Hedge fund managers—no strangers to upheaval since the outset of the global financial crisis—have a new reality to contend with, according to a recent survey. Far from shying away from the alternative asset class, many institutional investors are looking to increase allocations to hedge funds, but they are dictating the terms and demanding change as they do so.

SEI Investments’ The Era of the Investor: New Rules of Institutional Hedge Fund Investing poll of senior investment professionals at 96 institutions finds that while 80% of respondents say they have no plans to change their hedge fund allocations in the next 12 months and 15% expect to increase their allocations, there is a price to be paid for their loyalty: they want to see what’s under the hood.

Show me the money
Transparency is by far the greatest concern amongst investors, with more than 70% saying they have requested more detailed information from managers than they did a year ago. Types of data sought ranged from counterparty and leverage exposure data to sector and position-level detail, and more than 80% of respondents reported a focus on funds’ valuation methodologies.

Investors also place a high priority on finding managers with strong credentials and a demonstrable source of alpha, in addition to operational quality. Compliance infrastructure and fees also figured highly.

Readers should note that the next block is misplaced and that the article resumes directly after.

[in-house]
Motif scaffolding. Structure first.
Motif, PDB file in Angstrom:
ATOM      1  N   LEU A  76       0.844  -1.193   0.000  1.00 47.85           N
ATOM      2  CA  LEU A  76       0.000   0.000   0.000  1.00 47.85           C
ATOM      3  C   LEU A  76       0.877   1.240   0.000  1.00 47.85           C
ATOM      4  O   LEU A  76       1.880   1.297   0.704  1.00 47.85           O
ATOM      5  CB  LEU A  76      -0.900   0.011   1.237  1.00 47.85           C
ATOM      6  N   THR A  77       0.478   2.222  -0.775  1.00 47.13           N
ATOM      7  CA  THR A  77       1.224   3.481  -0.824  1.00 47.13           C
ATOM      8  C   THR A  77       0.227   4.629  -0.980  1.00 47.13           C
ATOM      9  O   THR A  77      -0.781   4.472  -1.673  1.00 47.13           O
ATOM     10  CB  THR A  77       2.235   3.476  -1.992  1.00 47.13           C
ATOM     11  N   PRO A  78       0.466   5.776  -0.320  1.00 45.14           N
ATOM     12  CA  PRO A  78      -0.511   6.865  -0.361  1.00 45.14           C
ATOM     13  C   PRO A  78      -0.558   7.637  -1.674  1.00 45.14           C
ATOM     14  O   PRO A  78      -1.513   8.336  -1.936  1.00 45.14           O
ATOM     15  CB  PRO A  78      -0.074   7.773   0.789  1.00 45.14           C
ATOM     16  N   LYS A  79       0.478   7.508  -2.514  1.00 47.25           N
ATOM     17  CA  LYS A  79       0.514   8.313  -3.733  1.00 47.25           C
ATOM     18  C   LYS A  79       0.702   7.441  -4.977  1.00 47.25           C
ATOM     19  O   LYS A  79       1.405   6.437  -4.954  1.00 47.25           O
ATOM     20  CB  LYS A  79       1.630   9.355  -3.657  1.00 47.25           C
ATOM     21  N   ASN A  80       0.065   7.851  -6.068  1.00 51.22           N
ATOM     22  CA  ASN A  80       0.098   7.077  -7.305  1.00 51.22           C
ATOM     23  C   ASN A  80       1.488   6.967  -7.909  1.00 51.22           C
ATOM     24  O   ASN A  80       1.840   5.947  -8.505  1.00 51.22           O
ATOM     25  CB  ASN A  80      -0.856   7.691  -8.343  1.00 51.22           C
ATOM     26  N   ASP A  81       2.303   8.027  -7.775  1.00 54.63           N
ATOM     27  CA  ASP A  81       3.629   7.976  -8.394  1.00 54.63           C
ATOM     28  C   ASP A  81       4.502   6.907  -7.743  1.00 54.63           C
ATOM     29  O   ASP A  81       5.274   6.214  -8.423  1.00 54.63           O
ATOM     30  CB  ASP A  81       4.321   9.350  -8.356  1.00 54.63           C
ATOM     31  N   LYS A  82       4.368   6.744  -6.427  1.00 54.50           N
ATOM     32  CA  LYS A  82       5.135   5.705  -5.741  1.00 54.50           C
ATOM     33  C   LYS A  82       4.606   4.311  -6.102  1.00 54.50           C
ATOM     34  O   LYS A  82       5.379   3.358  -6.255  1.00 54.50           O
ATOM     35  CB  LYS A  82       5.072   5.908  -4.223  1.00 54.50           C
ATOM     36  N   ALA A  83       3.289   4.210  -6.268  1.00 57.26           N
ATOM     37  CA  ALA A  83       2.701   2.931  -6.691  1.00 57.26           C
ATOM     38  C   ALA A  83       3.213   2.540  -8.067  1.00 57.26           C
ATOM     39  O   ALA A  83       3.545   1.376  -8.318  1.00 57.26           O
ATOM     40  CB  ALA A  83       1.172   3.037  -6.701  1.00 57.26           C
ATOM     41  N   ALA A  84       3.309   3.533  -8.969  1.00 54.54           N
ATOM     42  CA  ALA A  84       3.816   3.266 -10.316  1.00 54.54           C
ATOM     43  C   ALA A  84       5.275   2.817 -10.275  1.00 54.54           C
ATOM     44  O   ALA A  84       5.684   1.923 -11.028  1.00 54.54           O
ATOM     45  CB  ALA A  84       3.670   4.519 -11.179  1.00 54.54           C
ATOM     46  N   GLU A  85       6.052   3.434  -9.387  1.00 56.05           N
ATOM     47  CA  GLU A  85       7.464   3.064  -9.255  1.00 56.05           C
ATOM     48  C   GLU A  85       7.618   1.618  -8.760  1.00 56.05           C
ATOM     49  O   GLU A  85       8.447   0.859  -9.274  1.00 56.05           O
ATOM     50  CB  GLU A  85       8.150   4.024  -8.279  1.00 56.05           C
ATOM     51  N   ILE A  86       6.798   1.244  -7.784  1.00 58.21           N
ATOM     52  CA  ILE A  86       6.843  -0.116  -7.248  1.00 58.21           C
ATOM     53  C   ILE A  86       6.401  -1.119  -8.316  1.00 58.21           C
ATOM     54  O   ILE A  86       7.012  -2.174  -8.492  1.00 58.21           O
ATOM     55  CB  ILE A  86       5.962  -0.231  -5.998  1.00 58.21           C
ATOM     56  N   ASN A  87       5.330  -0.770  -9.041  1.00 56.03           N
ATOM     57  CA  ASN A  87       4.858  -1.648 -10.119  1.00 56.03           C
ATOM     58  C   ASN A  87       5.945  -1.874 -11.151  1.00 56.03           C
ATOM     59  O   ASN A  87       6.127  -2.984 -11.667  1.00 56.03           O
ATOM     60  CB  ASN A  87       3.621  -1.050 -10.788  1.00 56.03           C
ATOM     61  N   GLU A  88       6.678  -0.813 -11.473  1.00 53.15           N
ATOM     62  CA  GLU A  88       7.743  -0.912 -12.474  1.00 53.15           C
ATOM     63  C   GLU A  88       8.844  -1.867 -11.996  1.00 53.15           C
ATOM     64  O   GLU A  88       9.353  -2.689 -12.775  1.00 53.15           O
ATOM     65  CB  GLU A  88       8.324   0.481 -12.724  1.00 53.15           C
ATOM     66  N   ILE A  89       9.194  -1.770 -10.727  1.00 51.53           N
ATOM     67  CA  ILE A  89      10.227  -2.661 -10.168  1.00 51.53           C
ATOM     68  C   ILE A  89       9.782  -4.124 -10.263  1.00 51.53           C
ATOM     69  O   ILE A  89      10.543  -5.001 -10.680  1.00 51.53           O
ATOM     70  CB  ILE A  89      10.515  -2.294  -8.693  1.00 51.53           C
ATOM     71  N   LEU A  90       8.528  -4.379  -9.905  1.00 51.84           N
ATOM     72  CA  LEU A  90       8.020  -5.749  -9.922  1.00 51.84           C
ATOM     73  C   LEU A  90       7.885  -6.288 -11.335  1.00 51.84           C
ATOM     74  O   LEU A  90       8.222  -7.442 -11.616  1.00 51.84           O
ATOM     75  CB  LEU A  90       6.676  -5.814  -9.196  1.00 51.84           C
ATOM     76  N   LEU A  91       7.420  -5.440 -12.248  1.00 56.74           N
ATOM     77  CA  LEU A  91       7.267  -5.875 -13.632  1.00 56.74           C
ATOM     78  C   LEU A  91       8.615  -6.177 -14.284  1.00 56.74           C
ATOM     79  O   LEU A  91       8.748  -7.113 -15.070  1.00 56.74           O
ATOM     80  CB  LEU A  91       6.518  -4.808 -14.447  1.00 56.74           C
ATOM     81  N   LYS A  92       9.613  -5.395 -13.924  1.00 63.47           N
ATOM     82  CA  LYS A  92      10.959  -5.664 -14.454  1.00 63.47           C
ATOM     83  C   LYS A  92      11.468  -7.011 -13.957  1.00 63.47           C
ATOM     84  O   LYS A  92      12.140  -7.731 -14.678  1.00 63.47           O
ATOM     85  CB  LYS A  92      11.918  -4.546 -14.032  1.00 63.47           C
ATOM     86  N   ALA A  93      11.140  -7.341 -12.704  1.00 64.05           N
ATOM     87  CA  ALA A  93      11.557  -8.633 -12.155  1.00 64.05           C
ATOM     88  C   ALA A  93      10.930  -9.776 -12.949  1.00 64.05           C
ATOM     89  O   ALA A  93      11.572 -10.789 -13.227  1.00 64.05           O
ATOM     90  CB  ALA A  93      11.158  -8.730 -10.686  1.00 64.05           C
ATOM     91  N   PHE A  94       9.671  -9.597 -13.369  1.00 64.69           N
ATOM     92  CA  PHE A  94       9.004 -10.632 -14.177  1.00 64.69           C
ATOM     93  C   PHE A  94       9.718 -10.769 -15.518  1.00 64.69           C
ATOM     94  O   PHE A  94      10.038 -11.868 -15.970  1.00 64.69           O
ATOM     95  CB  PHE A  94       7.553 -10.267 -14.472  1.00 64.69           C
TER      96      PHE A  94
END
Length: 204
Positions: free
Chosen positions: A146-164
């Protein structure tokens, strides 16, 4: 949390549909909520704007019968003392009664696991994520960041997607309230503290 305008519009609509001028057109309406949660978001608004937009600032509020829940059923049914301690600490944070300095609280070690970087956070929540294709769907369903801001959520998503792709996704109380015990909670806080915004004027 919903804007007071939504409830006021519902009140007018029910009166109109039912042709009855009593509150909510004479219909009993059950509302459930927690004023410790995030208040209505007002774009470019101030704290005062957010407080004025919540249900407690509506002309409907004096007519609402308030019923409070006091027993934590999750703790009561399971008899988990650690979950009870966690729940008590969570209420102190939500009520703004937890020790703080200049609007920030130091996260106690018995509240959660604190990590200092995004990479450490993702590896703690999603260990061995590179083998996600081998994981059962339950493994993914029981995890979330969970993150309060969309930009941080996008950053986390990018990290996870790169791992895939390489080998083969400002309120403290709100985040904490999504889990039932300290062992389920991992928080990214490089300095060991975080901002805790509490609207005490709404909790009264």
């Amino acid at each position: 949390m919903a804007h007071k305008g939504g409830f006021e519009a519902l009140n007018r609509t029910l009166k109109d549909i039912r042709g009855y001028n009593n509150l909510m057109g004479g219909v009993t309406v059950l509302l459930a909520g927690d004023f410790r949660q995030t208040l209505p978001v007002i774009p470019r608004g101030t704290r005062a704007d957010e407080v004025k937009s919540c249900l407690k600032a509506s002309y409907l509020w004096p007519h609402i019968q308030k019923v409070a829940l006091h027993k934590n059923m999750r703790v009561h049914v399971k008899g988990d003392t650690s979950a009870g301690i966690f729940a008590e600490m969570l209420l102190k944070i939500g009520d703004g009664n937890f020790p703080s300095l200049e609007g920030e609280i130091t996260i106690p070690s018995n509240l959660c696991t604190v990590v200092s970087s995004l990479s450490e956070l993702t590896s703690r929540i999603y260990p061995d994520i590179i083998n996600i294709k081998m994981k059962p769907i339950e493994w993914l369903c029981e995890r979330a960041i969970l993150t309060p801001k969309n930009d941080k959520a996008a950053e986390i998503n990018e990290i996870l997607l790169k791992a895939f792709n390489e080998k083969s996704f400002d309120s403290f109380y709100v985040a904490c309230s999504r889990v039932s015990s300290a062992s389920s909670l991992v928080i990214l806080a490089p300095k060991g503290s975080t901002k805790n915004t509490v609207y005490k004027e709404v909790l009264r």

But the most significant finding of the survey was the pressure brought to bear on fund managers by institutional investors, putting the latter in the driver’s seat.

“As large pension funds, corporate funds, and endowments have gained presence and influence in the hedge fund industry, they have exerted both indirect and overt pressure on fund managers to evolve their entrepreneurial operating style to a more institutional and transparent model,” the report’s authors write. “A power shift has occurred as industry practices have come under increasingly intense scrutiny by the investor segment on which the industry’s fortunes most depend.”

Proof of this movement of assertive institutional investors came in the form of the Investors’ Committee of the President’s Working Group on Financial Markets, representing an array of institutional investors and advocates. The group issued its January 2009 report, Principles and Best Practices for Hedge Fund Investors, which called on investors to push for best practices that would reduce the “systemic risk” associated with hedge funds and address investor concerns. CalPERS and several other large pension funds soon followed suit, issuing a public statement of principles urging reforms to protect pension assets, including greater disclosure and transparency regarding investments and increased regulatory oversight.

“The experiences of the last eighteen months have not only underscored the fallibility of hedge funds, but also triggered an investor empowerment movement,” write the authors. “In these uncertain times, both hedge fund managers and investors can be sure of one thing: new rules of engagement are being written.”

Copyright © 2018 Transcontinental Media G.P. Originally published on benefitscanada.com

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